Dr. Nabih E. Bedewi dedicated his entire professional career of over 22 years to serving the U.S. government, corporations, and the world with his innovative and disciplined research. The underlying theme of his career was to help people, either through improving their way of life, enhancing automotive and highway safety, combating terrorism, providing better military capability, or creating innovative solutions for transportation and environmental problems in developing countries. During this career, he personally touched the lives of over 1,000 engineering students by providing them with the best education possible, and by being a role model. His past accomplishments have been recognized with numerous awards.
Dr. Bedewi held several research positions while studying at the University of Maryland. His first outside position was in 1984 as Electronic Message Analyst in the U.S. Postal Service in Washington DC during his masters degree studies. The following year, he joined the Turner Fairbank Highway Research Center at the Federal Highway Administration as a Doctoral Research Fellow.
After obtaining his doctorate degree, Dr. Bedewi joined Advanced Technology and Research Corporation in Laurel, Maryland. During the nearly five years at ATR, he managed projects for several federal government agencies, including NSWC, NAVAIR, Wright Patterson AFB, NASA Goddard Space Flight Center, U.S. Army Engineering and Support Center, DOT, and U.S. Geological Survey. The results of these projects were published in over 30 technical papers and reports. In light of his engineering competence and unique skills, he was called upon to solve difficult and diverse problems, saving the government millions of dollars in testing and program development, as well as lives of astronauts, fighter pilots, military personnel, and civilians.
In August 1990, Dr. Bedewi joined the faculty of the School of Engineering and Applied Science at George Washington University. His expertise and endless capacity for hard work made GW an internationally respected center for engineering research. On top of his teaching responsibilities, Dr. Bedewi personally obtained over $40 million in government and corporate funding for GW, and because of his reputation, he enabled GW to attract additional funding estimated at no less than $10 million.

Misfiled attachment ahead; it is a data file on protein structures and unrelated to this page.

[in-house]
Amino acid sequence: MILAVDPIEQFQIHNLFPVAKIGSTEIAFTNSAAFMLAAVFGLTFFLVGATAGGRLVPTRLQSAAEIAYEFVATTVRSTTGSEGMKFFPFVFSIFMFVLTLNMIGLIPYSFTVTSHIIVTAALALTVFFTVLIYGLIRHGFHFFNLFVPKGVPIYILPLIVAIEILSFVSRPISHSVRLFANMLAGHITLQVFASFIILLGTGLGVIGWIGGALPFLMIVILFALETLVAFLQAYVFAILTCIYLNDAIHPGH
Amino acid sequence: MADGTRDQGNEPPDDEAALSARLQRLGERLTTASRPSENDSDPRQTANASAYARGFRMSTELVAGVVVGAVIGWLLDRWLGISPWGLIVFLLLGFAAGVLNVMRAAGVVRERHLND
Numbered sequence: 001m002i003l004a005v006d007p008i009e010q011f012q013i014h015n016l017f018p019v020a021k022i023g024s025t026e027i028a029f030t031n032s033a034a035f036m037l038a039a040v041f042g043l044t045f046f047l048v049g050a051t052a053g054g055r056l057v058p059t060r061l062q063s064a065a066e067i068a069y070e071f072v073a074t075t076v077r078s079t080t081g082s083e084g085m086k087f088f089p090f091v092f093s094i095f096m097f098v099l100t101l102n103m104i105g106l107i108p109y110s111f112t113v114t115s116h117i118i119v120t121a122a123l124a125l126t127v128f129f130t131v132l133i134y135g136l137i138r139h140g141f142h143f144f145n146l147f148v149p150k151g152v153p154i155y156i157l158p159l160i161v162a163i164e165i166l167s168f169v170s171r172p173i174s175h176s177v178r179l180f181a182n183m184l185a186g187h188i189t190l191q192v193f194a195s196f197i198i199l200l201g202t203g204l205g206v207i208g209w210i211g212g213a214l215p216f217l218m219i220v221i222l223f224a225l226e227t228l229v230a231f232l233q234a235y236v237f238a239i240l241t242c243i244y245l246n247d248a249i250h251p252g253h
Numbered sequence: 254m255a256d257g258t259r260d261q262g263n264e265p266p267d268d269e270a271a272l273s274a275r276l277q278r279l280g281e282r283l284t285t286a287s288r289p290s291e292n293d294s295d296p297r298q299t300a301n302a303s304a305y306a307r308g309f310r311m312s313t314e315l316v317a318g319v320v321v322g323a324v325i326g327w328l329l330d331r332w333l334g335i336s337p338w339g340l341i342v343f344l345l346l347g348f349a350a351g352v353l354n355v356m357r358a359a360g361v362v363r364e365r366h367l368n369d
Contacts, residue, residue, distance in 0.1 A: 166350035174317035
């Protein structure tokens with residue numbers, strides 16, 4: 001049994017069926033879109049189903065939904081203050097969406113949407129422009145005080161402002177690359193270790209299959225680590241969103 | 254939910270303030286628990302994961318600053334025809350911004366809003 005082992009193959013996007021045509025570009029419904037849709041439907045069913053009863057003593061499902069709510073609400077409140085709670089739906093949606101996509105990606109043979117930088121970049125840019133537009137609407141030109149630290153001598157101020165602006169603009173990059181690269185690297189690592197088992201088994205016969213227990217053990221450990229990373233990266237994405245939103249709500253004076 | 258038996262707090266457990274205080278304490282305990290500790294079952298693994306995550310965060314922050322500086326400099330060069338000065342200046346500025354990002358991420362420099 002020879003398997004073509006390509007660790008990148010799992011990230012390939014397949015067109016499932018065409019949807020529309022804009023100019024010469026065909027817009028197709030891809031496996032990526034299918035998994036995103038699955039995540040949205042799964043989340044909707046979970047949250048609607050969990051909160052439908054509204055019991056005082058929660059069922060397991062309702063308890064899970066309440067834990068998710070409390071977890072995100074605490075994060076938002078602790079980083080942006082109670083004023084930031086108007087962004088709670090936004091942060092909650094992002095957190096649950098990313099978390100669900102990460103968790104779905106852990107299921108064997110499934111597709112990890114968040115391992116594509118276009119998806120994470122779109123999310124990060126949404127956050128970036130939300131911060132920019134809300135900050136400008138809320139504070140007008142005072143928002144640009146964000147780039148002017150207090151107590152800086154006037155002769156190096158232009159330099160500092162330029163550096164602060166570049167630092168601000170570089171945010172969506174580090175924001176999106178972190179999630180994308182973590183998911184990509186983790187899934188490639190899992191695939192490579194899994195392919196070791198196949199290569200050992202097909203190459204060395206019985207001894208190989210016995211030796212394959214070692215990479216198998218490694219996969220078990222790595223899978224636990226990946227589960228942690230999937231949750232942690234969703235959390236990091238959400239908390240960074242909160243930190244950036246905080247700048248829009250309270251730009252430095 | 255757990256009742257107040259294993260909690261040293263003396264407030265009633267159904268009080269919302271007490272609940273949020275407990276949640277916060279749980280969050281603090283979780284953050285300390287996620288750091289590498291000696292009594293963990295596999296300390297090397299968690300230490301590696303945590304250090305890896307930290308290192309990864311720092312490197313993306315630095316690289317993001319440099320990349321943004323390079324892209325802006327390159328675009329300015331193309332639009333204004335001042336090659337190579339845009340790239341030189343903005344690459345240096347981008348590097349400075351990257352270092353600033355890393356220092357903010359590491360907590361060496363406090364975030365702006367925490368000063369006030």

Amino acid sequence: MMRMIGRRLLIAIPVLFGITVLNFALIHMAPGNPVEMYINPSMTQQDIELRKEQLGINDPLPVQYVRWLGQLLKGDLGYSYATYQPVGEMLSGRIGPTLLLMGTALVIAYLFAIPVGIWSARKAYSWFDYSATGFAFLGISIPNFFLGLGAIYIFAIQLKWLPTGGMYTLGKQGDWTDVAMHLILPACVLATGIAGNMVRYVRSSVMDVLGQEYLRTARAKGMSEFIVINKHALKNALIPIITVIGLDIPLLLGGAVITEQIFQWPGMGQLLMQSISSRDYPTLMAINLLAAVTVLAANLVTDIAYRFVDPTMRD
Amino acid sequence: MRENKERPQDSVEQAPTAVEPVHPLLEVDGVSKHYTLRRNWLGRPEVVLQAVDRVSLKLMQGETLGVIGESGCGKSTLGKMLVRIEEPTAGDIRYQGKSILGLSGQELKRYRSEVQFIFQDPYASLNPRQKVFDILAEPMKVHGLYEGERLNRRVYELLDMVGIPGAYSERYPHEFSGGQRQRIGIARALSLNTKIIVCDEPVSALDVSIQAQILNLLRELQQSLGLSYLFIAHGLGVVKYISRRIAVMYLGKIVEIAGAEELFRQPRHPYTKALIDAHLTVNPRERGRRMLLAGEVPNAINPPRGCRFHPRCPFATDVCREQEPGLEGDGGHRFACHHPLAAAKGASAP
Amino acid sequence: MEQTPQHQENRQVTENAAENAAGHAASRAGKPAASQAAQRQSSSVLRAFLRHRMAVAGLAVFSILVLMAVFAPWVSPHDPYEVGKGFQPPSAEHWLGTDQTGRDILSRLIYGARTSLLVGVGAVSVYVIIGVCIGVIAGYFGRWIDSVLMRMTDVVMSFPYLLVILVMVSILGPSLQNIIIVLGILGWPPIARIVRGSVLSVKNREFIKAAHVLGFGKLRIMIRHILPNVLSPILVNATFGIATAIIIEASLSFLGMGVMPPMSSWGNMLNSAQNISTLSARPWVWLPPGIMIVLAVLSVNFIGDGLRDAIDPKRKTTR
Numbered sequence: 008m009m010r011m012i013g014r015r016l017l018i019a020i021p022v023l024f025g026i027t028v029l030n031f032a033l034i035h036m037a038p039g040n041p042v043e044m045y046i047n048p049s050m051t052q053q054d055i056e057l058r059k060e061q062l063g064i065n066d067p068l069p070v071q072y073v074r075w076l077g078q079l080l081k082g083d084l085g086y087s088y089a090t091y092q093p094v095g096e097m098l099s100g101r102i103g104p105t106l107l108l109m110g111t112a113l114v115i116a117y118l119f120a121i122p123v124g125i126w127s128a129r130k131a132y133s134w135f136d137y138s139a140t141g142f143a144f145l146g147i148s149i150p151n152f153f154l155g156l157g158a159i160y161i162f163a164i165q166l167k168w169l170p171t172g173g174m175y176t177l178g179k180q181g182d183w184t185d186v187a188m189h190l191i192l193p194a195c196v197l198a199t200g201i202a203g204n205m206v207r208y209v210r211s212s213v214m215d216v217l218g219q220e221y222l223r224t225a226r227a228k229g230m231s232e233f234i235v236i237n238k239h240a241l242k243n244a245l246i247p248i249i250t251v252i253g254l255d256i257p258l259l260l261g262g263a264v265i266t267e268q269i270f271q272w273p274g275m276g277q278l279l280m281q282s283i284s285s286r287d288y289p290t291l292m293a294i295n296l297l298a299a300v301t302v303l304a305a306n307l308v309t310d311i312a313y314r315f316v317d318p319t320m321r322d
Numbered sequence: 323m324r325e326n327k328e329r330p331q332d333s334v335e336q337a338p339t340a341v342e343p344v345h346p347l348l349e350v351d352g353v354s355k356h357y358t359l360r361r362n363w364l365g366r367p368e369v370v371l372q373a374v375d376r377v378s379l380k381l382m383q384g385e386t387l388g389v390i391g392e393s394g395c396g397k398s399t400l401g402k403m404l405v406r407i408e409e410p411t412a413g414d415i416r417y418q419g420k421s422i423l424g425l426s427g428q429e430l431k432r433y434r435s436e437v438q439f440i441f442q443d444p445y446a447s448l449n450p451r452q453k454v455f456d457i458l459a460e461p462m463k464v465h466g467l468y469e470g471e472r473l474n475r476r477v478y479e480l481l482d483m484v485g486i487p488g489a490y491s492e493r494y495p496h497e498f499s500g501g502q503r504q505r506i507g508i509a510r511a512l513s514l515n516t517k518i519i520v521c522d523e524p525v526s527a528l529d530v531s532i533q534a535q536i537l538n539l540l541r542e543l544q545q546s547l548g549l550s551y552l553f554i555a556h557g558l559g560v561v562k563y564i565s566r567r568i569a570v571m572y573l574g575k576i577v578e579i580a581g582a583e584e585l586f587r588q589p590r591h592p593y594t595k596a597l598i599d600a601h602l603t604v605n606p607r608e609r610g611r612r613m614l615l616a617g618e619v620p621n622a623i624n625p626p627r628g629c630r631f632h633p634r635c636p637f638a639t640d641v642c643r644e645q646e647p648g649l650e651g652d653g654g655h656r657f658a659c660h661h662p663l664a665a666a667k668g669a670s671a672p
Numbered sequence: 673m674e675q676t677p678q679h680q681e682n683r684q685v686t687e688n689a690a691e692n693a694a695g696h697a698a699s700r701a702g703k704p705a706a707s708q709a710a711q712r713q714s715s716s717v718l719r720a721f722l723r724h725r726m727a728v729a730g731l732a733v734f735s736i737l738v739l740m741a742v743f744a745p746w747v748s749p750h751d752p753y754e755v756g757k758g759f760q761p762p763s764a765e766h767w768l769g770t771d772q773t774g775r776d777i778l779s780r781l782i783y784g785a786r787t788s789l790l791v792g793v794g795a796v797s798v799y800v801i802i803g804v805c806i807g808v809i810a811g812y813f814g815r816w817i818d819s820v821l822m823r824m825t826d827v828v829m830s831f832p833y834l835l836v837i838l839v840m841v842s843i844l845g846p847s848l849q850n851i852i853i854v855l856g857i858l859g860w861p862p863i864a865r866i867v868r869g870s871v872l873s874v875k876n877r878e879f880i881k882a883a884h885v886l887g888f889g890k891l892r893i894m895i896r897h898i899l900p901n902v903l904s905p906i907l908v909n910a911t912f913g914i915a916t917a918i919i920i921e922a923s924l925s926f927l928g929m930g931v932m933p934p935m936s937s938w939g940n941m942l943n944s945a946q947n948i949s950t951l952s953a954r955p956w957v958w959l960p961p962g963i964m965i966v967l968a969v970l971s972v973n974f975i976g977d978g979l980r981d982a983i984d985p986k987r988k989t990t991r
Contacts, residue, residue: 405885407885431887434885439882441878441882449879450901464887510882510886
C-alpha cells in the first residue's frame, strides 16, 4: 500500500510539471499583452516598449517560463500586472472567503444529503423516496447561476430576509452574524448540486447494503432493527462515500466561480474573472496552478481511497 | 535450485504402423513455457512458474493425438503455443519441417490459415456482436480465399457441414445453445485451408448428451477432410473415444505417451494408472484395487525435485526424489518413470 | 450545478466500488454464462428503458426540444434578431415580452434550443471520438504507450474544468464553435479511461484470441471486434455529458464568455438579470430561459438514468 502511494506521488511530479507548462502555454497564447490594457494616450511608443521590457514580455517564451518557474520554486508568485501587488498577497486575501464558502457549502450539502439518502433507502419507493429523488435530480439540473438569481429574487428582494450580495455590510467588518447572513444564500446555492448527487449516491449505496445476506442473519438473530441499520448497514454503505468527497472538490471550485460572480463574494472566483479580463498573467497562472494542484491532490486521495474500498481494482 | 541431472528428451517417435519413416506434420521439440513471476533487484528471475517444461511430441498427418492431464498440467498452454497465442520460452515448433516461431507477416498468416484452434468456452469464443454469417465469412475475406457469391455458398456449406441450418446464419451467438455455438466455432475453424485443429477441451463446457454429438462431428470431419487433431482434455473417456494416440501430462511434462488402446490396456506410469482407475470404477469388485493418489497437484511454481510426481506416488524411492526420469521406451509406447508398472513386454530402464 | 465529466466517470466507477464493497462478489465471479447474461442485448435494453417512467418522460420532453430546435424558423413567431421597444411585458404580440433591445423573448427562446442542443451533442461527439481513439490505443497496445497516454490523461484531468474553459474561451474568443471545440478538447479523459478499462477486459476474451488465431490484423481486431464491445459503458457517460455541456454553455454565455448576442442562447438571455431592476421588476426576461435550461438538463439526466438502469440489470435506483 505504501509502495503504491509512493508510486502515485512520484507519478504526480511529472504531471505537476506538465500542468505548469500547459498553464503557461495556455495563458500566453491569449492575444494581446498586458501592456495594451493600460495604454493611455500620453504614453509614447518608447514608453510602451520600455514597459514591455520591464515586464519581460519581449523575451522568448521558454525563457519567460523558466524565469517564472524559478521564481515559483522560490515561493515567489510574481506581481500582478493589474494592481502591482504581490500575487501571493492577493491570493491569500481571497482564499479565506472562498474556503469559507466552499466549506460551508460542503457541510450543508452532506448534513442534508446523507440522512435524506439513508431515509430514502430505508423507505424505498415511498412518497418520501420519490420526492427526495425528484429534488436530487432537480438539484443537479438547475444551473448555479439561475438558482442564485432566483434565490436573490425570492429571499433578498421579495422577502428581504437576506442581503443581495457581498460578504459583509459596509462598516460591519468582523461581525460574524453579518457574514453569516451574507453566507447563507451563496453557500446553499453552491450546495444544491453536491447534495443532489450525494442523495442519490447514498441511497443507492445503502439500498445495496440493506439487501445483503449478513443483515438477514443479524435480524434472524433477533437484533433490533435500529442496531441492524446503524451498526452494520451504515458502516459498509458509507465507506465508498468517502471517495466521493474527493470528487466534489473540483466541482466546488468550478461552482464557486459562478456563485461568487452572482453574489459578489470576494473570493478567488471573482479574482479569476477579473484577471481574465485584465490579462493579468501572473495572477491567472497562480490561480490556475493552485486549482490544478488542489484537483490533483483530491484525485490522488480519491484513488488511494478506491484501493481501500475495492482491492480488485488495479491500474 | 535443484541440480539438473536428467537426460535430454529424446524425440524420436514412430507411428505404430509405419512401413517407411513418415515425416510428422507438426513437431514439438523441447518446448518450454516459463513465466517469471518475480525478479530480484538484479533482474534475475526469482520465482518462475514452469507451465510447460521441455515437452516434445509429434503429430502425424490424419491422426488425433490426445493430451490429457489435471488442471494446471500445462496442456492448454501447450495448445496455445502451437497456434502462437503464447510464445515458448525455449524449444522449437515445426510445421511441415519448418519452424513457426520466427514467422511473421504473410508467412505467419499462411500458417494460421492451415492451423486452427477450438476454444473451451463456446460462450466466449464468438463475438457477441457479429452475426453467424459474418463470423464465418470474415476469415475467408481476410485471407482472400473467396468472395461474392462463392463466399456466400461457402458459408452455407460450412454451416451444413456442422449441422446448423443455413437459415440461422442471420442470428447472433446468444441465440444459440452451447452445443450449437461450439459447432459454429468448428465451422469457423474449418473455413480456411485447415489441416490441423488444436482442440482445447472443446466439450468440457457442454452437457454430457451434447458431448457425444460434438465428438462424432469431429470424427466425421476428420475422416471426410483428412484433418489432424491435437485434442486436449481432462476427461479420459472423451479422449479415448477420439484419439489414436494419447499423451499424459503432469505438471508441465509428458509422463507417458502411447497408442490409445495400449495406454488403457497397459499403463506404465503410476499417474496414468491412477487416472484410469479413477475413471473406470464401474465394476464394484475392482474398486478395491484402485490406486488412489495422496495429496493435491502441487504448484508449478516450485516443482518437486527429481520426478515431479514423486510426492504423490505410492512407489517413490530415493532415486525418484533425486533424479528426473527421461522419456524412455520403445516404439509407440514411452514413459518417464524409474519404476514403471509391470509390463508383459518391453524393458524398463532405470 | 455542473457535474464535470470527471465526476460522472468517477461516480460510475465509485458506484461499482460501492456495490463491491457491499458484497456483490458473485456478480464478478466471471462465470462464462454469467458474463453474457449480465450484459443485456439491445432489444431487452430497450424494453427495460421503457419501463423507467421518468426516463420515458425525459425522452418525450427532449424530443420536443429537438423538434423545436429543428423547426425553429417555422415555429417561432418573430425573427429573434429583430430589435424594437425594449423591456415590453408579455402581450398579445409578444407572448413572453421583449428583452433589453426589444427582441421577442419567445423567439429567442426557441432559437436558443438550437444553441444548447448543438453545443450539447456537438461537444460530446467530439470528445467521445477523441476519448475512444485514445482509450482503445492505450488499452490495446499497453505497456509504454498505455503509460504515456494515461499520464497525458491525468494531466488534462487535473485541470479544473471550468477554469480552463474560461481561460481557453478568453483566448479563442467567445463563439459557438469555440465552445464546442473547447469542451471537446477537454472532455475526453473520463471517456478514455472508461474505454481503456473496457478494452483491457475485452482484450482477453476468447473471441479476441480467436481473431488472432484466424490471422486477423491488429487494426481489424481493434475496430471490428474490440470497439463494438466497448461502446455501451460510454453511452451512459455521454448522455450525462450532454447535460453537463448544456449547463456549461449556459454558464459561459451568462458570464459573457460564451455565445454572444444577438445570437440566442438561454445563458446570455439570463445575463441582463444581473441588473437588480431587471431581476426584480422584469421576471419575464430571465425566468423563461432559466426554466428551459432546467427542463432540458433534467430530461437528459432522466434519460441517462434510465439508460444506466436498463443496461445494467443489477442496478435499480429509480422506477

In his position as Technical Director of the NASA-GSFC/GW Program for Research and Education in Space Technology, Dr. Bedewi headed several research projects. When the multi-billion dollar Hubble Space Telescope’s sensors failed, he was called upon to develop a control system that could maintain the telescope in orbit while NASA planned its repair mission. Along with his graduate students and NASA engineers, they developed the Zero- Gyro, Zero-Wheel Controller. In addition, Dr. Bedewi contributed to other programs at NASA dealing with space shuttle launch loads and advanced composite materials.
In 1992, Dr. Bedewi turned his attention back to automotive and highway safety with the establishment of the FHWA/NHTSA National Crash Analysis Center (NCAC). While the center was initially simply intended to house the FHWA and NHTSA crash test film library and to conduct a limited amount of research, it was Dr. Bedewi who had the vision and commitment to expand the center to become one of the leading and most internationally respected research organizations in automotive and highway safety. Over the following years, he proceeded to build an exceptional organization at GW, which had as many as 60 researchers and graduate students by 2004.
The center addressed some of the world’s most complex safety problems. The research initially focused on problems of particular interest to DOT. However, the success of the research and the analysis and testing technologies led to the expansion of the research sponsors to include the Department of State, the US Secret Service, and a number of automotive and OEM supplier companies. Prior to leaving GW in 2004, Dr. Bedewi was leading projects dealing with vehicle safety, highway safety, physical security anti-ram barriers (including the barriers installed around the White House today and around US embassies all over the world), and injury and biomechanics. His pioneering work resulted in the real saving of lives and significant economic benefits.
In October 1995, Dr. Bedewi founded a private company, New Generation Motors Corporation (NGM), in response to the growing need for new technologies in environmentally friendly transportation. The company was incorporated in 1995 along with a number of former GW students and staff, based on an innovative electric motor technology which was licensed from Dr. Dean Patterson in Northern Territory University in Australia. NGM is a privately held company established by environmentally concerned shareholders and employees to address global issues with environmental impact of transportation by promoting electric, hybrid electric, and fuel cell drive technologies.
NGM embarked on several projects for the U.S. government including the Army Research Lab, DARPA, and the USAID, as well as international agencies such as the UNDP, the Global Environment Facility of the World Bank, and the Egyptian Ministry of Environment. Dr. Bedewi focused much of NGM’s projects on developing countries with need for cleaner transportation including India and Egypt.